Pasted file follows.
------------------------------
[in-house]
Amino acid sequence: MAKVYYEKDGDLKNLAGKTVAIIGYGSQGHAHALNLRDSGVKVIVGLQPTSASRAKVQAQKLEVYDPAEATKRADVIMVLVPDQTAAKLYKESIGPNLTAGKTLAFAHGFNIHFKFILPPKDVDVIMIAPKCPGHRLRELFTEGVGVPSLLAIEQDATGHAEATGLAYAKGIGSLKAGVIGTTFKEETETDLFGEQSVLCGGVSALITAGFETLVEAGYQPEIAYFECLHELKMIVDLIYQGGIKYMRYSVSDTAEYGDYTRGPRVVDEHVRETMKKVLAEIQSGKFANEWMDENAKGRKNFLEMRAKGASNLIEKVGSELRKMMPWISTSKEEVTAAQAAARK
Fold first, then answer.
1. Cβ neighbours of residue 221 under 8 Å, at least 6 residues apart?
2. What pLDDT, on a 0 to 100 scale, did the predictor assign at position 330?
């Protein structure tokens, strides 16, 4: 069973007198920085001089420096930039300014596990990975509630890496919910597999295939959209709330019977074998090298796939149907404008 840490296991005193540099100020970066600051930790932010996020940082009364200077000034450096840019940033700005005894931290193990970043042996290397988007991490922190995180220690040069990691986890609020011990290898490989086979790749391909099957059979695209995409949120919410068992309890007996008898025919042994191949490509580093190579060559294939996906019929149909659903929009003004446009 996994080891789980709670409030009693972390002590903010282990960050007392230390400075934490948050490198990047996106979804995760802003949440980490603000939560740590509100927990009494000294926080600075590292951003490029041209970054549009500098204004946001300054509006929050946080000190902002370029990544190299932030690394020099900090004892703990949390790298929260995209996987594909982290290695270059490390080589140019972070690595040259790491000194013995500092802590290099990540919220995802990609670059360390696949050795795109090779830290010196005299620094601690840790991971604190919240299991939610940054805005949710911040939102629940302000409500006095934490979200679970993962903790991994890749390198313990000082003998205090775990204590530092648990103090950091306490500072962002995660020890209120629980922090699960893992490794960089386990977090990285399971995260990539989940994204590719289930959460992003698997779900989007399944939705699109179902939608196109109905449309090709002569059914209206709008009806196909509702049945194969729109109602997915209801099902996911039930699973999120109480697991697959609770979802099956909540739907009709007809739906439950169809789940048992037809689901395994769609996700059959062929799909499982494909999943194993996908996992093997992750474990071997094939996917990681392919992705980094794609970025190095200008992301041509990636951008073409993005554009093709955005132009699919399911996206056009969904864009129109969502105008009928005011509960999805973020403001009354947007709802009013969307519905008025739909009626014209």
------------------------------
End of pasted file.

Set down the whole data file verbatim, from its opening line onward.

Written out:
[in-house]
Amino acid sequence: MAKVYYEKDGDLKNLAGKTVAIIGYGSQGHAHALNLRDSGVKVIVGLQPTSASRAKVQAQKLEVYDPAEATKRADVIMVLVPDQTAAKLYKESIGPNLTAGKTLAFAHGFNIHFKFILPPKDVDVIMIAPKCPGHRLRELFTEGVGVPSLLAIEQDATGHAEATGLAYAKGIGSLKAGVIGTTFKEETETDLFGEQSVLCGGVSALITAGFETLVEAGYQPEIAYFECLHELKMIVDLIYQGGIKYMRYSVSDTAEYGDYTRGPRVVDEHVRETMKKVLAEIQSGKFANEWMDENAKGRKNFLEMRAKGASNLIEKVGSELRKMMPWISTSKEEVTAAQAAARK
Fold first, then answer.
1. Cβ neighbours of residue 221 under 8 Å, at least 6 residues apart?
2. What pLDDT, on a 0 to 100 scale, did the predictor assign at position 330?
């Protein structure tokens, strides 16, 4: 069973007198920085001089420096930039300014596990990975509630890496919910597999295939959209709330019977074998090298796939149907404008 840490296991005193540099100020970066600051930790932010996020940082009364200077000034450096840019940033700005005894931290193990970043042996290397988007991490922190995180220690040069990691986890609020011990290898490989086979790749391909099957059979695209995409949120919410068992309890007996008898025919042994191949490509580093190579060559294939996906019929149909659903929009003004446009 996994080891789980709670409030009693972390002590903010282990960050007392230390400075934490948050490198990047996106979804995760802003949440980490603000939560740590509100927990009494000294926080600075590292951003490029041209970054549009500098204004946001300054509006929050946080000190902002370029990544190299932030690394020099900090004892703990949390790298929260995209996987594909982290290695270059490390080589140019972070690595040259790491000194013995500092802590290099990540919220995802990609670059360390696949050795795109090779830290010196005299620094601690840790991971604190919240299991939610940054805005949710911040939102629940302000409500006095934490979200679970993962903790991994890749390198313990000082003998205090775990204590530092648990103090950091306490500072962002995660020890209120629980922090699960893992490794960089386990977090990285399971995260990539989940994204590719289930959460992003698997779900989007399944939705699109179902939608196109109905449309090709002569059914209206709008009806196909509702049945194969729109109602997915209801099902996911039930699973999120109480697991697959609770979802099956909540739907009709007809739906439950169809789940048992037809689901395994769609996700059959062929799909499982494909999943194993996908996992093997992750474990071997094939996917990681392919992705980094794609970025190095200008992301041509990636951008073409993005554009093709955005132009699919399911996206056009969904864009129109969502105008009928005011509960999805973020403001009354947007709802009013969307519905008025739909009626014209």